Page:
A real estate agent’s schedule can fill up pretty quickly. Jetting between open houses, showings, listing presentations and other events while trying to manage everything in between takes a lot of stamina – and time. Fortunately, as an agent, you can pay agents to help take a load off. Here’s how some agents we talked to make it work to everyone’s benefit.
Saving Time and Effort
Most agents who need the help are those who have years of experience under their built and a long list of clientele to manage. This means many open houses, for example, that they simply cannot attend all at once.
Benny Kang of Uniti Realty in Irvine, California, loves to pitch in when he can.
“I only ask top agents with many listings, because they are in need of agents to hold an open house on the weekends,” said Kang. “If they have five listings, the
top agent will need at least four people to do open houses that weekend! Works out perfectly fine [for everyone].”
Perfect for New Real Estate Agents
For newer real estate agents, offering to host an open house is the perfect opportunity to get their feet wet in the business.
“These types of arrangements are always a win/win for newer agents and their busy more established colleagues,” said REALTOR(R) Laura McGee of Keller Williams Realty Greater Worcester. “This allows the newer agents to receive
valuable on-the-job training (and – bonus – get paid for it!) and helps out a very busy established REALTOR free up some valuable time for other tasks.”
“Sitting an open house is very helpful for newer agents since they get to
meet lots of people, which means they will be able to meet buyers who are
unrepresented by a real estate agent,” advised Kang. “If the buyer doesn’t like the house, then you can always show them another houses, as a buyer’s agent.”
Get Your Name Out There
Husband-wife real estate duo Marilyn and Michael Marcus love the exposure that offering to do an open house, for example, gives them to potential buyers or even sellers.
“It allows us to get some name recognition and be seen in the marketplace as a viable alternative,” the Tucson-based agents said.
Build Your Book of Business
In San Antonio, Texas, REALTOR Al Cannistra sees hosting open houses as an opportunity to meet new clients.
“Sometimes it is a long day and nothing happens,” he said. “Other times you may meet a person who wants to make an offer on the home you are showing. But most often, if it goes well, you meet a future client. If someone walks in, has no agent and y’all hit it off, you might just land a client and sell a house. It has worked for me!”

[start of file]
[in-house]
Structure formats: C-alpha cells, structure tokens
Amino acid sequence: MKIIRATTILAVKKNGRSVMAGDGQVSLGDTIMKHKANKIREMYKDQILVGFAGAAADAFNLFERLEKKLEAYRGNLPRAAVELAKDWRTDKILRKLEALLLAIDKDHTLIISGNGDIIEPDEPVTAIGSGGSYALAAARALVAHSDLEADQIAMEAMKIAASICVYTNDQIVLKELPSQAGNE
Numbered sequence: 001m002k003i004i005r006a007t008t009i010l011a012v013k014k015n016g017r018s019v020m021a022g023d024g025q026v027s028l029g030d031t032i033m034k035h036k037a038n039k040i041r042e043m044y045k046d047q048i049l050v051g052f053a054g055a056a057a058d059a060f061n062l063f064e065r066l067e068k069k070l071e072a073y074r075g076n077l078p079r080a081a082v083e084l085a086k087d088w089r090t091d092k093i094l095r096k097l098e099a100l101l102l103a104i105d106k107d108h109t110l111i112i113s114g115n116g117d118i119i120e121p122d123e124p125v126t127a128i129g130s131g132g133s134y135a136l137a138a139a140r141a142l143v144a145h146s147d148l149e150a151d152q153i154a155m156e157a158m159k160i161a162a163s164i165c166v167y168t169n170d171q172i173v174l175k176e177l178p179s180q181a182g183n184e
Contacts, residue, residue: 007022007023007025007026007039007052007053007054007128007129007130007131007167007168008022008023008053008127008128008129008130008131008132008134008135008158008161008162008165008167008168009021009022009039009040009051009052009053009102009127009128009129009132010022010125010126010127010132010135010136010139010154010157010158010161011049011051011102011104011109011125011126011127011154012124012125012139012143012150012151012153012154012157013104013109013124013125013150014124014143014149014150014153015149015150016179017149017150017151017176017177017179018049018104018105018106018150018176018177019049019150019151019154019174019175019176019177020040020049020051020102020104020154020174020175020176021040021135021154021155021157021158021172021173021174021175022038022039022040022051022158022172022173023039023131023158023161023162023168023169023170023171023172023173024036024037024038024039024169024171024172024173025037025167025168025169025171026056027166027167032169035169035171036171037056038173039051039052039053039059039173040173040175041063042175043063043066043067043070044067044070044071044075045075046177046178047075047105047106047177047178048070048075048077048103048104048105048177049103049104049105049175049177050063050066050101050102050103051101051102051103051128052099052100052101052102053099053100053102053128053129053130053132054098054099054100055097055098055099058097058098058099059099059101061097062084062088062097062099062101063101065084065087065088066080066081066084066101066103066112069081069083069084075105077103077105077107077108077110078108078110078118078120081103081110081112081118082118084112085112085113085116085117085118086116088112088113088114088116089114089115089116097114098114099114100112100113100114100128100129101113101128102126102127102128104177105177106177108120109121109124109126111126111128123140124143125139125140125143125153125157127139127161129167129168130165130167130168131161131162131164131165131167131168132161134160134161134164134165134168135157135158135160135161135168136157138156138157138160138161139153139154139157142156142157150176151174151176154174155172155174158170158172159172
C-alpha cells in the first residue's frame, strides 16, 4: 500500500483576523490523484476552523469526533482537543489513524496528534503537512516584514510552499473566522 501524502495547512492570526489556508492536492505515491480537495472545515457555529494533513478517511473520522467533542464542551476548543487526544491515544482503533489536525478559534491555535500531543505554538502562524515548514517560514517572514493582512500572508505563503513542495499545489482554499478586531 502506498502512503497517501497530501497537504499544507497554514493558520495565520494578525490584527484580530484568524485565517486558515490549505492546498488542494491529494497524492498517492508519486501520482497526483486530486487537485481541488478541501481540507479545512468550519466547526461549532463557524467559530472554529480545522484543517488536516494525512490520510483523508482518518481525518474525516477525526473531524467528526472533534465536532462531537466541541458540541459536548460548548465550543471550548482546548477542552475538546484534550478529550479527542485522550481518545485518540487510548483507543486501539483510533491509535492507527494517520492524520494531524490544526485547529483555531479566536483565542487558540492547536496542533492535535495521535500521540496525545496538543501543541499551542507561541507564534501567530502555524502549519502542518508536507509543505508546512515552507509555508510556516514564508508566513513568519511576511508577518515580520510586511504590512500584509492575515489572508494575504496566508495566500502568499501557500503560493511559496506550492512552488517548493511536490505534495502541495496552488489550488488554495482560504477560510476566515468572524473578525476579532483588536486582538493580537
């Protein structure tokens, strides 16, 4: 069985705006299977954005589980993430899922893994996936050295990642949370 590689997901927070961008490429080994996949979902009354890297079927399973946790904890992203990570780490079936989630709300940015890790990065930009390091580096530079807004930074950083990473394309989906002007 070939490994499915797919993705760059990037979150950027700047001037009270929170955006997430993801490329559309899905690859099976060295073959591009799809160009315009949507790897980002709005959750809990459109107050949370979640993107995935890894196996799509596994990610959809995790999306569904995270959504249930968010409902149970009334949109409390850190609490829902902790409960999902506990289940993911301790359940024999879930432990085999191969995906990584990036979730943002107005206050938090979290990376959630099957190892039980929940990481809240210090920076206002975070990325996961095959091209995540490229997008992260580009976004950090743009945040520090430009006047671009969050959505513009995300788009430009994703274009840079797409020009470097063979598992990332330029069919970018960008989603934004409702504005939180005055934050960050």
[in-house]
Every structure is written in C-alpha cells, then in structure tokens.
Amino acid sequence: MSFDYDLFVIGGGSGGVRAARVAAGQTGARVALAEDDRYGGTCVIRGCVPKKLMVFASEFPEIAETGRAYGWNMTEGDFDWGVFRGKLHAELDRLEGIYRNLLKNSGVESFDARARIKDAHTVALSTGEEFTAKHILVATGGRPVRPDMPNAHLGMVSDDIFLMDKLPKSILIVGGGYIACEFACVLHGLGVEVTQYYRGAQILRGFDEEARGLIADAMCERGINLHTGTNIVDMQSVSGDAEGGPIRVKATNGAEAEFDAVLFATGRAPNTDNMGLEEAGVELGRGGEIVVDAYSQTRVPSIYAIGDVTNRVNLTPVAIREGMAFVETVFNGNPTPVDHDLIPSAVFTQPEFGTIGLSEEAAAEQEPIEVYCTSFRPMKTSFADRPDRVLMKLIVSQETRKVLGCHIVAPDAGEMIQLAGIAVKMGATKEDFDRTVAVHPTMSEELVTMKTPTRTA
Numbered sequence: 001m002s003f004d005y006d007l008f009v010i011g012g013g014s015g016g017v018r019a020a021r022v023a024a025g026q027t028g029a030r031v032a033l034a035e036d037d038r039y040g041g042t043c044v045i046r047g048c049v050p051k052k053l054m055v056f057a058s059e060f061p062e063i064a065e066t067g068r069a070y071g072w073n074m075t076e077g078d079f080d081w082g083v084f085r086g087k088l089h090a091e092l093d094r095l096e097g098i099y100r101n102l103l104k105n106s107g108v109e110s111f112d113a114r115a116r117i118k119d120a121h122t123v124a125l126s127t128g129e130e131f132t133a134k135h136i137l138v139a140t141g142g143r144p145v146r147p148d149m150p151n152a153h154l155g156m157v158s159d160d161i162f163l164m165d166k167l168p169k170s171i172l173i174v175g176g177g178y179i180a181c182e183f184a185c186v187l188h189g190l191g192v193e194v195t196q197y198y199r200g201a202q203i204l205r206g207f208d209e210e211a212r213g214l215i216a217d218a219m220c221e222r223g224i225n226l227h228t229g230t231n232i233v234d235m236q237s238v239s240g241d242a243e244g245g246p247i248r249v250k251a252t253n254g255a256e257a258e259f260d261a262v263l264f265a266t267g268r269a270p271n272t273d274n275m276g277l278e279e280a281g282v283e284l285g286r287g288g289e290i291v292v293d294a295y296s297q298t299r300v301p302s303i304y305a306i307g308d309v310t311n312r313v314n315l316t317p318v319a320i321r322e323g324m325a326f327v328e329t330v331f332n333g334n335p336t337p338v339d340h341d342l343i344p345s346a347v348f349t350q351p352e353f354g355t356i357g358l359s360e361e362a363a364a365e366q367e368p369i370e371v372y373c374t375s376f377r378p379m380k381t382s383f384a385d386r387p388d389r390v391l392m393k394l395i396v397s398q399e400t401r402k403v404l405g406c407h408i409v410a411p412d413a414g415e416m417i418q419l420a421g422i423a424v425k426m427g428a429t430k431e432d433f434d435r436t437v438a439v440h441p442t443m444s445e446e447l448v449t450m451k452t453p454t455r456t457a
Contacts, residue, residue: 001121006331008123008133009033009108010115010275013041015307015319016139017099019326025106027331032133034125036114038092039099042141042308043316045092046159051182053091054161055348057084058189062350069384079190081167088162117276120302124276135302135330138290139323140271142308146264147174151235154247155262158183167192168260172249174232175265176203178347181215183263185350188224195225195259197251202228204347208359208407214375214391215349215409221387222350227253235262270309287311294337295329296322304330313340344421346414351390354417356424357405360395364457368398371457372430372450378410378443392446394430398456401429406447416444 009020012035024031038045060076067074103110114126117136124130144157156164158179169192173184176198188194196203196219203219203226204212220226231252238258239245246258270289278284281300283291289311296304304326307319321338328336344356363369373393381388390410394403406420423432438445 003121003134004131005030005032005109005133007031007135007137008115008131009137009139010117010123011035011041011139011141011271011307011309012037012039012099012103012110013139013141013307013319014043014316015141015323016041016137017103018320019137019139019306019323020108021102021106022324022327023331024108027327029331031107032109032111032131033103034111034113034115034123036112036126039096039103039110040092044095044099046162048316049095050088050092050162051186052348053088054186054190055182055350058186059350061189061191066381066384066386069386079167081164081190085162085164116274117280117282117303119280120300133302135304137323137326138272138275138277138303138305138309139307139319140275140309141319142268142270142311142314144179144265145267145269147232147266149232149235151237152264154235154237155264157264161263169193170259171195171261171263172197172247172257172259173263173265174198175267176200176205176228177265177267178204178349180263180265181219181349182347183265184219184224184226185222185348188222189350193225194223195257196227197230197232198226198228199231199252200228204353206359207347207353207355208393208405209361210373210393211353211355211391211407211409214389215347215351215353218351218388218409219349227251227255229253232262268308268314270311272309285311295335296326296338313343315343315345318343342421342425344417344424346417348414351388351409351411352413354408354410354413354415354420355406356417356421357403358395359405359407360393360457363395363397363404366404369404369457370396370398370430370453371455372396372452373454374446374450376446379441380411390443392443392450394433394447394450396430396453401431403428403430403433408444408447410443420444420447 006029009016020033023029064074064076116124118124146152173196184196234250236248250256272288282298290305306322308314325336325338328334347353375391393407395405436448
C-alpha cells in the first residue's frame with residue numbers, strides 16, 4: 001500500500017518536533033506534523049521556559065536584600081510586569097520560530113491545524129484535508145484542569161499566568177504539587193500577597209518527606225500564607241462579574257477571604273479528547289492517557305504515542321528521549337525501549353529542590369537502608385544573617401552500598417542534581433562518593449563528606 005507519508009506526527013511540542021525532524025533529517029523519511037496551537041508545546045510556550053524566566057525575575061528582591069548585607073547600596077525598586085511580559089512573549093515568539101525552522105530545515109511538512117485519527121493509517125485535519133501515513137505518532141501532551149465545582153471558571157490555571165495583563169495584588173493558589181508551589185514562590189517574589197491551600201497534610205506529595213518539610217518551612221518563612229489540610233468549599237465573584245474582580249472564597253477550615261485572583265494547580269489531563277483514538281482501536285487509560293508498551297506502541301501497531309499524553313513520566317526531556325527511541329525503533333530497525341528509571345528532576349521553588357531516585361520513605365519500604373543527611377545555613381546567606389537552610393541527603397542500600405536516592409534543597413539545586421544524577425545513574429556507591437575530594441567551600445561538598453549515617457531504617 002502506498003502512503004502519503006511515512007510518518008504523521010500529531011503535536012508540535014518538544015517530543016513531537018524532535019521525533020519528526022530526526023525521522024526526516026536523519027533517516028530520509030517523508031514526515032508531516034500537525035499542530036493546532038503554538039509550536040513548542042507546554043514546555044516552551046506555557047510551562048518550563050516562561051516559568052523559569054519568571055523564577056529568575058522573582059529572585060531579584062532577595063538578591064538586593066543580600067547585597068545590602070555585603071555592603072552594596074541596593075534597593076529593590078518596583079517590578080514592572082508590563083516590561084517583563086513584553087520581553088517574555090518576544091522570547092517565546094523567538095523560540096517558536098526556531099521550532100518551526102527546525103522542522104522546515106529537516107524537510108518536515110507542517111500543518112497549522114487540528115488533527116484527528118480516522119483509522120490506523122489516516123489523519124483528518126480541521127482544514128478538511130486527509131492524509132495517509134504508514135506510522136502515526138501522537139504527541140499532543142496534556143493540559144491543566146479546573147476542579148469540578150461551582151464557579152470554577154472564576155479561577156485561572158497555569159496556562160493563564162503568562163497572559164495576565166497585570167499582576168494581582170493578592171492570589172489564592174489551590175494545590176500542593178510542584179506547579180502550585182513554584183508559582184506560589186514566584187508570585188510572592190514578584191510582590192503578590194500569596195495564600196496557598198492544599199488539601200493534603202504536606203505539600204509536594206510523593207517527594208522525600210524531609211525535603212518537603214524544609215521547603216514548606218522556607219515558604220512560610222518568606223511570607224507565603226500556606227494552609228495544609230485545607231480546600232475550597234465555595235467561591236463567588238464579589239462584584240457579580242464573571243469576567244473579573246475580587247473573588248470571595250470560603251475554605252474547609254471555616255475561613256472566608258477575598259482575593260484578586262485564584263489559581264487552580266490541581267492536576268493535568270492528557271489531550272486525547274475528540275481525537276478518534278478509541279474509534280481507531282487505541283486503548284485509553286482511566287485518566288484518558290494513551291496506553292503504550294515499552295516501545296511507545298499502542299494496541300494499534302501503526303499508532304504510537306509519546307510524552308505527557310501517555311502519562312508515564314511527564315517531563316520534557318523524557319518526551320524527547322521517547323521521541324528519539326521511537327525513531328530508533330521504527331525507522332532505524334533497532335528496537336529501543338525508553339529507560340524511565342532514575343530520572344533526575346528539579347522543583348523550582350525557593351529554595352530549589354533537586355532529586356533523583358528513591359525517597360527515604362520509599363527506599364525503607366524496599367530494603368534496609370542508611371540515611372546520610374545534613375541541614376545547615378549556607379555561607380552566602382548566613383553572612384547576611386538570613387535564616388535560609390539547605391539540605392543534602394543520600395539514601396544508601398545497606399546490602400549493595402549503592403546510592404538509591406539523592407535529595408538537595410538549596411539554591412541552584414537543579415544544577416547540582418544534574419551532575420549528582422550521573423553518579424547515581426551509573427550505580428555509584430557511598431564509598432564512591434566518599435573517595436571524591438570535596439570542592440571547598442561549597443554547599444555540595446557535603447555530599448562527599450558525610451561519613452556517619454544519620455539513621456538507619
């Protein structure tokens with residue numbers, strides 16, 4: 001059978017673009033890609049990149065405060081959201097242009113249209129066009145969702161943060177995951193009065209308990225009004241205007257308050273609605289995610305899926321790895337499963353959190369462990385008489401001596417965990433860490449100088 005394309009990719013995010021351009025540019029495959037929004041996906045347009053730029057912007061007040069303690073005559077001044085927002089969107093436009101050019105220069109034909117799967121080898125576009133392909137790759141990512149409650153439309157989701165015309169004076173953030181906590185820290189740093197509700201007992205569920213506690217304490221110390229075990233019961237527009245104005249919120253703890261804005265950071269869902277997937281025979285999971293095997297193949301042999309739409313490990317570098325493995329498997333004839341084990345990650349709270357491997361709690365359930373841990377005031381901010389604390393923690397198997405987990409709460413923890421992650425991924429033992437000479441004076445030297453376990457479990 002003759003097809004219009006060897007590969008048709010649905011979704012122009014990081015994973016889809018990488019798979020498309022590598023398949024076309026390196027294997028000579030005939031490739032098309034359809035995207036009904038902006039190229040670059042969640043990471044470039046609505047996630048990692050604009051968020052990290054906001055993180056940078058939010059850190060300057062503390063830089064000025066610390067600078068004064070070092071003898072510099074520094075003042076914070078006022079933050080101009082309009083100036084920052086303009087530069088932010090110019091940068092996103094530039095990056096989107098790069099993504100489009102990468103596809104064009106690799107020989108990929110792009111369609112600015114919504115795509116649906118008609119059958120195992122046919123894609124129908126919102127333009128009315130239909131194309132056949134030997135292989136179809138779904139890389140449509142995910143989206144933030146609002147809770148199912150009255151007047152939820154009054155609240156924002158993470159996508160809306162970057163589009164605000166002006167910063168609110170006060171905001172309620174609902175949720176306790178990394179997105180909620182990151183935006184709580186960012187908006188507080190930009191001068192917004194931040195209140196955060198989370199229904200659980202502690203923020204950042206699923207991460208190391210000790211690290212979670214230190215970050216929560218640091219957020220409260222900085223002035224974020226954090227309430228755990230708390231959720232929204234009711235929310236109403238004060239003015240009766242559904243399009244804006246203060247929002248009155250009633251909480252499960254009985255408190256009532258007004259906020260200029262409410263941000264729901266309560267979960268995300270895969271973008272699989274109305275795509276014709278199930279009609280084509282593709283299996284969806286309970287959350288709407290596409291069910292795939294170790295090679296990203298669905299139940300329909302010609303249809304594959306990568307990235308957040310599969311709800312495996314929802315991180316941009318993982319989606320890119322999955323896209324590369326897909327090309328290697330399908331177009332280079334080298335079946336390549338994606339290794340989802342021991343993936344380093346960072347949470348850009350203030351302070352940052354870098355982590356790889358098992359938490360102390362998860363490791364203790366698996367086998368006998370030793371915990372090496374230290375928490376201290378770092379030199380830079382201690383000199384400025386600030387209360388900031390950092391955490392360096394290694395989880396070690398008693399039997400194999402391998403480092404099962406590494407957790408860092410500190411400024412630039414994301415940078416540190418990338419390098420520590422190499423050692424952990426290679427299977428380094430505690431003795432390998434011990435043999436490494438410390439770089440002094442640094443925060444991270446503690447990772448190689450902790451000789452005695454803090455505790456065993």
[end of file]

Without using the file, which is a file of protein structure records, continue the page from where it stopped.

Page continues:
In instances like these, it is always important to be prepared with business cards, to have your calendar available to schedule a meeting on the spot and something to take down notes.
Getting Paid for Your Services
Among the agents we spoke with, it was pretty evenly split on how they were compensated or pay agents for showing or open house services.
“I was out of town and my client wanted to look at a house,”said Tracey Hampson of
Century 21 Troop Real Estate in Santa Clarita, California. “In a hot market you have to jump on new listings, so I asked a fellow realtor and great friend to help. I paid 150.00, and it worked out perfectly.”
McGee charges $25 per hour for errands such as letting home inspectors or contractors in or dropping off keys to a homeowner. She also offers a flat rate of $100 for when she must be present for 5 hours or more.
Some agents don’t need compensation such as Kang and Cannistra. The potential leads they get and the opportunity to help other agents is all the thanks they need.
REALTOR Michael Kelczewski with Brandywine Fine Properties Sotheby’s International in Delaware goes both ways.
“To accommodate a busy schedule, I have employed new or administrative agents to host the open houses in my absence. The typical rate is $20/hour or the ability to convert unrepresented buyer leads.”
Paige Elliott of Dave Perry-Miller Real Estate in Dallas offered an alternative to both payment and business development opportunities.
“We value an agents time, so on the rare times that we can not meet a showing or hold a house open, we have offered to pay an agent. Typically, if the agent is holding an open house to the public and they may also pick up business, they don’t want or expect to be paid. If they are showing a client on our behalf we usually will agree in advance on an hourly rate.
“If we are out of town on vacation, which unfortunately isn’t very often 🙁 , we will either trade covering business with another agent when they are gone or pay them an hourly rate for coverage.”